A difficult night, regardless of the frantic finish.
It was one made somehow worse by the noise and colour generated by the thousands of Poles whose presence stirred reminders of the good old days for Irish fans when they too travelled from far and wide to back a team that repaid them in kind.
Red and white flags fluttered around the four sides of the cold and wet Aviva Stadium bearing names of towns and cities — among them Dublin, Tuam, Ballymena, Aberdeen, Oslo and Berlin — that spoke painfully and yet proudly of the pain of forced emigration.
How familiar all that was.
Five ‘visiting’ fans, hopping through gardens and over walls in the stadium’s shadows in an attempt to offset the lack of match tickets, displayed an ingenuity that would have fitted in seamlessly with the antics recorded — and invented — here since ’88, ’90 or ‘94.
This was, clearly, a game that meant much to many on both sides in the context of France 2016, but there was only one side for whom anything but victory would suffice if dreams of another jaunt on the continent next summer were to survive the night.
Martin O’Neill gave public recognition to the importance of it all by naming a side featuring the less-than-regular-faces of Wes Hoolahan and Robbie Brady in the starting XI.
This was, though, a game framed a full day earlier by comments made in this newspaper by Liam Brady about their colleague James McCarthy and his place in the firmament of this team and this elevated stage of football a full five years after his full debut.
“The jury is out on his importance to the team,” Brady wrote in these pages on Saturday.
“Without doubt, McCarthy and his clubmate Seamus Coleman are the best players we have operating in the Premier League, but it is a worry to see McCarthy miss games for Ireland then, the following week, play for Everton. I don’t know whether he’s just shy or really has a passion to play for Ireland.”
McCarthy had played 24 times for Ireland up to last night and yet it would be untrue to say he has always flattered to deceive.
Nine of the 10 World Cup 2014 qualifiers had borne his stamp, if to very varying degrees.
Man of the match performances away to the Faroe Islands and Sweden under Giovanni Trapattoni bore testament to a talent which Roberto Martinez insists is the only one without which he could not do amongst his squad at Everton.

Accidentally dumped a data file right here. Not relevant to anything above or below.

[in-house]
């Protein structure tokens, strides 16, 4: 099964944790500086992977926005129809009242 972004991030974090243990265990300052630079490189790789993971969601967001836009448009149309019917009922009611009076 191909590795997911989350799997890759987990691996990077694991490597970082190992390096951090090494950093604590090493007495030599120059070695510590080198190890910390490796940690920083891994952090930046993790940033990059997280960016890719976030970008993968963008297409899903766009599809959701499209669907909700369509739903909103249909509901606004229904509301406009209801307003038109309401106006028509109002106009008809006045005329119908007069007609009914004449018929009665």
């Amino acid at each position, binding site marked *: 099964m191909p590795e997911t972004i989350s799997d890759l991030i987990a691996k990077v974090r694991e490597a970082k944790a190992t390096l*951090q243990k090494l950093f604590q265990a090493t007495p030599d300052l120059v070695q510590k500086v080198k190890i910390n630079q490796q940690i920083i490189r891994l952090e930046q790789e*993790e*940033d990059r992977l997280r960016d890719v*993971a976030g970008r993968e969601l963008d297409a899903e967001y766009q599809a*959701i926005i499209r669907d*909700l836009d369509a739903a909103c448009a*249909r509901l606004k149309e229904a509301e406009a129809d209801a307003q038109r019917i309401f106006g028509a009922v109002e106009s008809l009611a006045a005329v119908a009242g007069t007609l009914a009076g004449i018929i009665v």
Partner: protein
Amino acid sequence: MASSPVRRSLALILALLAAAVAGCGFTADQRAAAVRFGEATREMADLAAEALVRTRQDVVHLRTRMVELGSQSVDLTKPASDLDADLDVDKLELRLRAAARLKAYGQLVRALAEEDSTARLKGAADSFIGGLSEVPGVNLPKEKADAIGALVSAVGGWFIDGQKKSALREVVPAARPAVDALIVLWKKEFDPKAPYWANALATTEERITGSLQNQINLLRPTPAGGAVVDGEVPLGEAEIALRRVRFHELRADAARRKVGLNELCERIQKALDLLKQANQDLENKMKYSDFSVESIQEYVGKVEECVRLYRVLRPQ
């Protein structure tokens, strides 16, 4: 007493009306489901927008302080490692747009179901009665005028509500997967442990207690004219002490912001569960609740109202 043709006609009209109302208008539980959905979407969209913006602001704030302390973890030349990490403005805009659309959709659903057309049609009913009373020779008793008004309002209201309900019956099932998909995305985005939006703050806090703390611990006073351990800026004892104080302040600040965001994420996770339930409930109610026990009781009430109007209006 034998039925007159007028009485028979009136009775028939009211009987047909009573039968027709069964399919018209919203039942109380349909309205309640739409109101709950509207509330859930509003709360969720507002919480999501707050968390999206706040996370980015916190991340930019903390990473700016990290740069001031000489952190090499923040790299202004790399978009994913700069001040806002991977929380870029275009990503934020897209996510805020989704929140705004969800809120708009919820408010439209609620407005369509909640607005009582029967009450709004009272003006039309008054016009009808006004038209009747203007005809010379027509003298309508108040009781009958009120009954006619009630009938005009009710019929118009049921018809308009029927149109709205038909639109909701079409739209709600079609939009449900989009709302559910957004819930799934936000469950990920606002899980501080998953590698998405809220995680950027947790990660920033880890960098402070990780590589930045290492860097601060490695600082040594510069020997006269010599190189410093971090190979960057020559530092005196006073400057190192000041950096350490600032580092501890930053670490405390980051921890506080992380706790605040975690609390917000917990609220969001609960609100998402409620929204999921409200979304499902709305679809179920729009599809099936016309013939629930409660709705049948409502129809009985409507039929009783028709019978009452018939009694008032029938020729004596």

Jamie Carragher is another who has spoken in admiring tones of the Glasgow man of late and yet McCarthy’s inability to make his mark at international level on a consistent basis has long been Ireland in microcosm.
“Regardless of club form, this is an opportunity to don the Irish shirt and perform to one’s maximum,” O’Neill had said of the game in prospect in last night’s programme notes.
“From my own experiences during my playing days, I always felt that the break from the club environment and being able to focus on a single big match at international level provided a refreshing stimulus.”
There was little evidence of that on the pitch.
A side that appeared adventurous on paper displayed an oh-so-familiar lack of intensity and drive until the last half-hour when an injection of urgency only went so far in excusing the continuing lack of class.
Brady’s other headline-grabber of note two days ago should also be noted here.
‘I fear for Ireland’, he admitted. That rings true even more after another unbalanced display and the engine room should shoulder much of that blame.
There was one 60-second spell 15 minutes into the evening when McCarthy scuttled forward and sent in a cross after a one-two with Hoolahan that was followed by an aggressive tackle on Arkadiusz Mlik soon after.
It was a snapshot of the man’s ability and of the sort of industriousness and verve that once made Irish teams unpopular, if not feared, but the player and his side could only muster those qualities in fits and starts across the night.
It just wasn’t enough. Again.
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